Woman Gives Back and Fights Alongside Survivors of Rare Cancer
Katie Glenn was sitting in the doctor’s office at the Mayo Clinic with her dad, who’d just been diagnosed with Stage 4 Cholangiocarcinoma, when she brought up a conference she’d come across online. Explaining to the doctor that the conference, which was being held halfway across the country in Salt Lake City, was focused on research about the disease, a rare cancer of the bile duct, she asked if she should go. The doctor told her to book a ticket.
Attending that conference, the 33-year-old, who lives in the Chicago suburbs, says she was better able to care for her dad, who passed away just five months after his diagnosis. And connecting with the network that hosted the conference, the Cholangiocarcinoma Foundation, spurred her into action, joining hands with others desperately fighting this rare disease, often labeled a silent disease because it can go unnoticed until the cancer is in the advanced stage. Starting off small, Katie began fundraising for a marathon run, and then progressed into formally serving as a volunteer race coordinator for Team CCF, an initiative within the Cholangiocarcinoma Foundation. Supporting runners across 16 races throughout the U.S., Team CCF has raised more than $100,000 since Katie’s involvement, all in the name of research and finding a cure for Cholangiocarcinoma.
Katie, who is a high school teacher and swim coach during the day, is channeling her commitment to finding a cure and desire that not one more survivor, family member or friend feels alone in their battle against Cholangiocarcinoma, and is today’s Daily Point of Light award honoree. Points of Light spoke to Katie to learn more about her work with the Cholangiocarcinoma Foundation.
What inspires you to volunteer?
I didn’t really volunteer before my dad’s illness. I’d always been aware of the importance of raising funds for research, because both my mom and sister are cancer survivors. But this was different – I just knew continuing this fight was something I had to do when my dad passed away. I couldn’t turn my back and not do anything for the other people who were still alive and fighting against this disease.
This is a rare cancer – many people may even have trouble pronouncing the name. How do you say it?
Cole-ang-EE-L is the first part. And then carcinoma – what does that mean? it means cancer. And Cholangeal means bile duct. So Cholangiocarcinoma means bile duct cancer. According to the American Cancer Society, about 8,000 people in the U.S. are diagnosed with it each year.
Describe your volunteer role with Cholangiocarcinoma Foundation.
I fundraise, train, organize events and recruit. For Team CCF, all of my work is done to support our runners, and make sure they meet their goals. The biggest goal? Unite around this cause that means so much to all of us. Our runners are running for a reason, they are all connected to our cause. By running, they keep the memory of those who have lost the battle alive. In addition to Team CCF, I am a member of the C.A.R.E. Team. C.A.R.E. stands for Cholangiocarcinoma Awareness Research Education, and we serve as the bridge between patients and caregivers, doctors, clinicians and researchers. It’s such a rare disease, a patient can go in to see a doctor and they may not know what to do with them. So in pooling our resources and connecting these groups, we are working to most effectively get people help and education.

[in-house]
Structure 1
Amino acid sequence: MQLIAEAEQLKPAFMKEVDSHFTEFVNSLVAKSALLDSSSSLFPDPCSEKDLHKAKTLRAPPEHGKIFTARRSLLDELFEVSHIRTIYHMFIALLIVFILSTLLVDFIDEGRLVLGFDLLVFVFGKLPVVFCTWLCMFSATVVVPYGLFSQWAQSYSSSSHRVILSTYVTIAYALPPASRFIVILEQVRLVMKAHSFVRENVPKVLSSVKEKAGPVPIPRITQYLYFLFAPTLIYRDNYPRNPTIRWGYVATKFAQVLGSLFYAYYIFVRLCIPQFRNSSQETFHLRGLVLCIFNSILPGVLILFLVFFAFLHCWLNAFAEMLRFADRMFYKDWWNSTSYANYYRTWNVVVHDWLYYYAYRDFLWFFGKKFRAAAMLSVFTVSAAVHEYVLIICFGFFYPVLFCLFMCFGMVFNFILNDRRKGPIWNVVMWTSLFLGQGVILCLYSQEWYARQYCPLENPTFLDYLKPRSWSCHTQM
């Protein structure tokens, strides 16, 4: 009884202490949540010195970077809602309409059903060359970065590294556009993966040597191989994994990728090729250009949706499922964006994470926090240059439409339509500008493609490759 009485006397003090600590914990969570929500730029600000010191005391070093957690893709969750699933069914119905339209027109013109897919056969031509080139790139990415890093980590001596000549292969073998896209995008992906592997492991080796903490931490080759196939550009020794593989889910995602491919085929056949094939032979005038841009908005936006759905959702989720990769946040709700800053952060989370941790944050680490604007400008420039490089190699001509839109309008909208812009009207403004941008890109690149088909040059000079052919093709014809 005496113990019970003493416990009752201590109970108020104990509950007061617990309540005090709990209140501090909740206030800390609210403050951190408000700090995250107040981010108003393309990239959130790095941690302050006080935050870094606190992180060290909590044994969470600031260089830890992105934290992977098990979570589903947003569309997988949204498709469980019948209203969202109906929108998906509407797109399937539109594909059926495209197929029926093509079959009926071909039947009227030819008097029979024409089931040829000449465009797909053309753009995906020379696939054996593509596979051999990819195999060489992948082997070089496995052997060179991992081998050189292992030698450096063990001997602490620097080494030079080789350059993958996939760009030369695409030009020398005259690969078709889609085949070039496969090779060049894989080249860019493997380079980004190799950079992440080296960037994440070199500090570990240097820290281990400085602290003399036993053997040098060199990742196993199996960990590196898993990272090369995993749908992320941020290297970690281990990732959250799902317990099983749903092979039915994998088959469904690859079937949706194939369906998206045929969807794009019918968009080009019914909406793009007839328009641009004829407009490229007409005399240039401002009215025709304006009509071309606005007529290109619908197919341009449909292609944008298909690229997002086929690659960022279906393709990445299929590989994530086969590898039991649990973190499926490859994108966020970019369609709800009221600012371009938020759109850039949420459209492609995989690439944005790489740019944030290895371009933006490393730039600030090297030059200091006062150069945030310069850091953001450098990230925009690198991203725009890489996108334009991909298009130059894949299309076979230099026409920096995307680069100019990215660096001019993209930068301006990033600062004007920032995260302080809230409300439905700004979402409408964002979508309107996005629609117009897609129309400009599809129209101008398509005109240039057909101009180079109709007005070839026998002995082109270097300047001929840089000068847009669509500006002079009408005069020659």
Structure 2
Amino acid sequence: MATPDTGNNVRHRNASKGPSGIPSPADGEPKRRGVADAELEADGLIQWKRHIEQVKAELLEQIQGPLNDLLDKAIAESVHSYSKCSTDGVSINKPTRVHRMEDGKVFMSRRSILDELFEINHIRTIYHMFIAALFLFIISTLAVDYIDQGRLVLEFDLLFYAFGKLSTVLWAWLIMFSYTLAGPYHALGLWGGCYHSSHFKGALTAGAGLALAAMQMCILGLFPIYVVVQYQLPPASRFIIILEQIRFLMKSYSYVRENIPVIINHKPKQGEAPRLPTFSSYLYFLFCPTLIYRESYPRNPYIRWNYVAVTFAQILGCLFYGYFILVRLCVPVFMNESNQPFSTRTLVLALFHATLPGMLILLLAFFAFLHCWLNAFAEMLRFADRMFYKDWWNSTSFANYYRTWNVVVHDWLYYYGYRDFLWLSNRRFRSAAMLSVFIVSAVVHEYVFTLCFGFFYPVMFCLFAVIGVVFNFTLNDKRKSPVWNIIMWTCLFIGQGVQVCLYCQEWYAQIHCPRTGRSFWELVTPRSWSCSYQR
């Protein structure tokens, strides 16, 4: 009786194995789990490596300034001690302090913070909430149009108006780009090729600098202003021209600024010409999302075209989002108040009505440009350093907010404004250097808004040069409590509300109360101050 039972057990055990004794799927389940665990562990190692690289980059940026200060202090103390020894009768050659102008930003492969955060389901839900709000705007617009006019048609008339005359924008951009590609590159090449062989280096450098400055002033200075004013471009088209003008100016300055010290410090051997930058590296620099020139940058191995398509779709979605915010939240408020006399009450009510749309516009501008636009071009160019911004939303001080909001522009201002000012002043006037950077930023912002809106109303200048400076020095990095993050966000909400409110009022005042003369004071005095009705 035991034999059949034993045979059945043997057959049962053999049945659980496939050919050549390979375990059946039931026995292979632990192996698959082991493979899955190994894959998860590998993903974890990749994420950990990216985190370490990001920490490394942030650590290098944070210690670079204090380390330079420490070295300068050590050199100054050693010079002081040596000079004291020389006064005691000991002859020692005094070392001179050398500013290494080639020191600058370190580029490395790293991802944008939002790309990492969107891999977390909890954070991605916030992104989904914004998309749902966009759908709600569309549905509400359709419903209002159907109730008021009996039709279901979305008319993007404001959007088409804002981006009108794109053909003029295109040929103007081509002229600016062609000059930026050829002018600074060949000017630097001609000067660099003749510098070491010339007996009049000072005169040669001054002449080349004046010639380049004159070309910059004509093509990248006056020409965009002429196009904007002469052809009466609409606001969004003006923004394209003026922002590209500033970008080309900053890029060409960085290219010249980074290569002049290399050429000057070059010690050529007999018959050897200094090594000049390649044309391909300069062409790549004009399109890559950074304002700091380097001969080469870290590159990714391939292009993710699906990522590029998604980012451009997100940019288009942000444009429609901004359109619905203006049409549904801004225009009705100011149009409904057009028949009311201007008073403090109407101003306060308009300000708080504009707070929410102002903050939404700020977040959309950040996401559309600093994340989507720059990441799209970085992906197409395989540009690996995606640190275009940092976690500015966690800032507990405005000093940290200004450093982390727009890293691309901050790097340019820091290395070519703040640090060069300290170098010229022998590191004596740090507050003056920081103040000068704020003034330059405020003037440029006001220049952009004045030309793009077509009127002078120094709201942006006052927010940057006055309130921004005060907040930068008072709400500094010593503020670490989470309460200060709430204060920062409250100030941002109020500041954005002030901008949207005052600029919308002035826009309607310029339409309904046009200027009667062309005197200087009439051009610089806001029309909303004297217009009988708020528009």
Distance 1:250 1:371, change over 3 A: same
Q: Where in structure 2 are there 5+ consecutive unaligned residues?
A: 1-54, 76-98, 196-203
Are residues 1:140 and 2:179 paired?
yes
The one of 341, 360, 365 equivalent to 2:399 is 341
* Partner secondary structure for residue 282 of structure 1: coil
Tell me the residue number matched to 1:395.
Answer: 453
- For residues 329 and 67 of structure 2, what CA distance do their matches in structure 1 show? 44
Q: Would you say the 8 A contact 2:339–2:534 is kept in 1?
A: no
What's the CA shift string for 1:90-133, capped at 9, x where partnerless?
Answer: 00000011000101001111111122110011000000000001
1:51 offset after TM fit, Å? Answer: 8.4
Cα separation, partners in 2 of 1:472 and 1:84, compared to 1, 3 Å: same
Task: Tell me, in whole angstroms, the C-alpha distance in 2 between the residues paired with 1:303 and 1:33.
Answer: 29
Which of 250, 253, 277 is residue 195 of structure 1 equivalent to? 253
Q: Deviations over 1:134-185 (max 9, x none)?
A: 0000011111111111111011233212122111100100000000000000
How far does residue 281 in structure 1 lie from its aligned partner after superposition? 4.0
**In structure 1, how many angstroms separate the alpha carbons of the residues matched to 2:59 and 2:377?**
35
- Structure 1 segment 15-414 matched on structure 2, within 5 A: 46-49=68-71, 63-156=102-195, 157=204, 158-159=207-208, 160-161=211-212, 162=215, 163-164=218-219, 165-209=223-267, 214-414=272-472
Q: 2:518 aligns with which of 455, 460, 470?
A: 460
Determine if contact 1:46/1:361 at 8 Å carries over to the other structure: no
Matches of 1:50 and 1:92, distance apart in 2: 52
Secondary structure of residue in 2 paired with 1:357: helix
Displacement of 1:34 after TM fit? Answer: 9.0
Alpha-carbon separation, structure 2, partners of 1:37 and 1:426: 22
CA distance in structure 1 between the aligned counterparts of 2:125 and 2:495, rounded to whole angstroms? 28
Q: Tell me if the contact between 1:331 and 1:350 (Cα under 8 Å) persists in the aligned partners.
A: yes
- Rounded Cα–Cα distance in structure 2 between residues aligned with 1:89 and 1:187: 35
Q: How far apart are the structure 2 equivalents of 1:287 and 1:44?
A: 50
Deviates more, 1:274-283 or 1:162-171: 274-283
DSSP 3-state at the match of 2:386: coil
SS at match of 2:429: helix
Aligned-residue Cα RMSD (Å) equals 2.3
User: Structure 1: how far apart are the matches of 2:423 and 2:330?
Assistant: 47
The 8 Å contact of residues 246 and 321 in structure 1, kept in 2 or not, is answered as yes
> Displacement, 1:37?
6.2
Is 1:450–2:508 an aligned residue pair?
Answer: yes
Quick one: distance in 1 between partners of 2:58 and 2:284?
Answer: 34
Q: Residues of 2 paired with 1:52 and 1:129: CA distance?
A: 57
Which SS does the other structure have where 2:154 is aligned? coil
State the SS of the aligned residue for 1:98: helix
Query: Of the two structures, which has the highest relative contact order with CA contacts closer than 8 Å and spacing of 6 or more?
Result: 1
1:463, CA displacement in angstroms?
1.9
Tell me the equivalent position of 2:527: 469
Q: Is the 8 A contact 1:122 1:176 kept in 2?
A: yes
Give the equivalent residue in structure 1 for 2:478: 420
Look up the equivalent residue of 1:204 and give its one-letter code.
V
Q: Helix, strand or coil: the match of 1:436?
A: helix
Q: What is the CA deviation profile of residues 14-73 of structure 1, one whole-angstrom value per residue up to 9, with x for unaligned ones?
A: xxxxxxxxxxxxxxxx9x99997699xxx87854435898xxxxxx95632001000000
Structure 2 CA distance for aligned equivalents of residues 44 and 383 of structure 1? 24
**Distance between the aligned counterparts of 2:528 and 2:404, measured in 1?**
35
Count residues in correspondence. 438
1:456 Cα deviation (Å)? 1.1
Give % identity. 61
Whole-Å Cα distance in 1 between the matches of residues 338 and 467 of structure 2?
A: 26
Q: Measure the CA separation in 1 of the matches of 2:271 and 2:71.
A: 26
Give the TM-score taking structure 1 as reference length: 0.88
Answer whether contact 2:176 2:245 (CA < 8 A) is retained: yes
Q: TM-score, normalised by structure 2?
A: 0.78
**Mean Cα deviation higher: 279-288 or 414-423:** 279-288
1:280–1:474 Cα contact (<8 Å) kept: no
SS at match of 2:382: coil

What’s your life motto?
I’m sure I have a lot (laughs). The first one that comes to mind – I try to live by kindness. We never know each other’s struggles, so we have to support each other. Another one – It’s my dad’s legacy: love can conquer anything. That was his motto, and it’s one I’ve wanted to live up to that legacy. Lastly, one saying that came from my dad’s service: “Prayer never stops and love never dies.” I will forever love my dad, and all my family, and that will never change.
Why do you think it’s important for others to give back?
I don’t want anyone to ever feel alone. I know there will be research that will come about one day that will cure the disease, and I know it won’t be there for my dad. But it will be there for someone else. I call those still fighting this disease warriors. Someone else’s daughter, someone else’s dad. It will save someone. There are other people in need.
What future events do you have coming up that you’re excited about?
February is Cholangiocarcinoma Awareness Month. Check out the foundation’s website and Facebook page for more information: https://www.facebook.com/cholangiocarcinoma/.
What’s one thing you want people to take away from your story?
If you’re in the fight: Stay united as a family and find support. Because it’s out there. No patient and no family has to go it alone.
Do you want to make a difference in your community like Katie Glenn? Visit All For Good for local volunteer opportunities.
Post written by Marlena Militana.